TechCrunch has featured Fenwick corporate partner Samuel Angus in its inaugural list of top startup lawyers. The list is based on feedback from more than 1700 startup leaders.
Angus concentrates his practice on advising founders, boards of directors, startup/venture-backed and mature companies and investors in a broad set of transactions, including early and late stage equity and debt financings, mergers and acquisitions, strategic joint ventures and corporate governance and board members. His client list has included tech leaders and innovators like Airbnb, Github, Glint Software, Imgur, Sojern, Turo, Upwork and Voxer.
For more insight and advice for startups, read Angus’ full profile below (originally published on TechCrunch). To learn more about TechCrunch’s initiative to identify the top lawyers startups leaders love to work with, see this article.
Top Startup Lawyer: Sam Angus
By Eric Eldon, TechCrunch
“Sam is one of the most trusted partners that I have ever had and one of the most important people to [the company’s] history.”— Brian Chesky, San Francisco, CEO, Airbnb
Sam Angus has been a lawyer in Silicon Valley since the 1990s. Today, he represents some of the biggest names in the startup world, from their earliest days through acquisitions and IPOs, and including four acquisitions last year: TSheets, GitHub, Glint and HelloSign.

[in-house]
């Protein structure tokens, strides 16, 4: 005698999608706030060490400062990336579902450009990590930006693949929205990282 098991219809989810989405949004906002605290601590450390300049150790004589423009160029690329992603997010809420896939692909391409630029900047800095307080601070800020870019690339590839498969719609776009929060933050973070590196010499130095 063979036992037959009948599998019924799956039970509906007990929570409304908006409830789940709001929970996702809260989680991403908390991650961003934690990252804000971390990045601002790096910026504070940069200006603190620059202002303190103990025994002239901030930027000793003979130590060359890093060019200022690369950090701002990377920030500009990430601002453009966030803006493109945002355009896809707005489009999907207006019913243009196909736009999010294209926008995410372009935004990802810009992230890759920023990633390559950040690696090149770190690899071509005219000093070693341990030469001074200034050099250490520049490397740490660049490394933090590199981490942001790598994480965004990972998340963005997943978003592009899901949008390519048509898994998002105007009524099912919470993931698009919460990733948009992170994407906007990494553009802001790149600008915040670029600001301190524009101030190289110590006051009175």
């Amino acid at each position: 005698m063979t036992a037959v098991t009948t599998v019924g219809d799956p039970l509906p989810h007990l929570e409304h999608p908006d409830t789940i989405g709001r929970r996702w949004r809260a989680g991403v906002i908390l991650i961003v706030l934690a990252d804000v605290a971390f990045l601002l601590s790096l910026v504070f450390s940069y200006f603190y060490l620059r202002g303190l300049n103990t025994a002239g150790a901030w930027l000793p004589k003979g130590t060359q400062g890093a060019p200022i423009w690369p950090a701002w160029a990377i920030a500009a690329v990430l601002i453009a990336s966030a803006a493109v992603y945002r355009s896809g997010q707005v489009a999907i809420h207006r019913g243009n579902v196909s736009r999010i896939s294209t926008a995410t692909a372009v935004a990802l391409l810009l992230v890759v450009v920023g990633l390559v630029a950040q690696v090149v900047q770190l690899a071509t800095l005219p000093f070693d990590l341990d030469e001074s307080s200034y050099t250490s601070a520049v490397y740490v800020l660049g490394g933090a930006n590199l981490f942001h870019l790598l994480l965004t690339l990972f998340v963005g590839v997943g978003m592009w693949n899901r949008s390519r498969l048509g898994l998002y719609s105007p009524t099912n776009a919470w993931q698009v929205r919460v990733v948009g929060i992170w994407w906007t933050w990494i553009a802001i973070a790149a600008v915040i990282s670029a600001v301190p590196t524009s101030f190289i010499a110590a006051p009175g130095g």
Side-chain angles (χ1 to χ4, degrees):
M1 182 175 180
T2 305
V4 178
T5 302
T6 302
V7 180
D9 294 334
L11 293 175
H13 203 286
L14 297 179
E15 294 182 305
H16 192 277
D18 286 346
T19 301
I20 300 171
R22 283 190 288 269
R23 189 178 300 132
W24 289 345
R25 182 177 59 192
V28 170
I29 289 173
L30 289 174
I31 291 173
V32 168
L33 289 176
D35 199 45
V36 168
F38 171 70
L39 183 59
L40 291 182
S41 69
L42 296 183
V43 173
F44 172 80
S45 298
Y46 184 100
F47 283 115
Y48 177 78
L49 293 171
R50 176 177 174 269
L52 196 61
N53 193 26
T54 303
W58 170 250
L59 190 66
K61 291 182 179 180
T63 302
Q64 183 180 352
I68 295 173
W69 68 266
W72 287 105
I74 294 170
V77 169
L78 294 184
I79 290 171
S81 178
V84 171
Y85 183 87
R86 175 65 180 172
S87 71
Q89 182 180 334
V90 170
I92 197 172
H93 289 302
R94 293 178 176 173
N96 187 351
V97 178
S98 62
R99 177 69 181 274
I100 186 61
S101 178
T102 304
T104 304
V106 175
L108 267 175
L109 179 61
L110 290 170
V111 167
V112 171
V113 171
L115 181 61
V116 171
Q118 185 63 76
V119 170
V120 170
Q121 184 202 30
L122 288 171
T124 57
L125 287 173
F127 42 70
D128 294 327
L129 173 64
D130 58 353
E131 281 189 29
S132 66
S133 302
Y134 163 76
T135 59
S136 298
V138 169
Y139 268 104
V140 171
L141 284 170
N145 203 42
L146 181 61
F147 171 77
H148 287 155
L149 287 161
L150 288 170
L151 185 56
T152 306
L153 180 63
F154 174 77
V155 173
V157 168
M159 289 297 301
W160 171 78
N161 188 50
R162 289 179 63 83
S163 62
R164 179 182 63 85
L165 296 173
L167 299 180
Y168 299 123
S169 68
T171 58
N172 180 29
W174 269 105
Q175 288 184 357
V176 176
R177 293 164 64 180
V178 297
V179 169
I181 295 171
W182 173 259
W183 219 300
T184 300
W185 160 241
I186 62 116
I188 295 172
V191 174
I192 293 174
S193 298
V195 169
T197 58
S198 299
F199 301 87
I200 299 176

But his startup experience actually goes back to the 1980s, when he and some friends built a booming calendar publishing business out of their dorm room during college. In the interview below, he tells us about the ups and downs of the tech industry over the decades, how he helps clients through the good times and bad, and how he works within Fenwick & West, one of the leading law firms in tech. We also discuss long-term trends, like the shift towards founder-friendly terms in this era versus past decades in the Valley.
On early-stage problems:
“I’ve represented hundreds of early-stage companies. It is not uncommon for companies to have some existing legal issue that needs to be addressed, such as capitalization, documentation and/or employee/IP issues. It is unfortunate, but these issues will frequently — especially with early stage companies — lie dormant and be discovered when the company is contemplating its first financing or a significant transaction, and can take investors or buyers by surprise.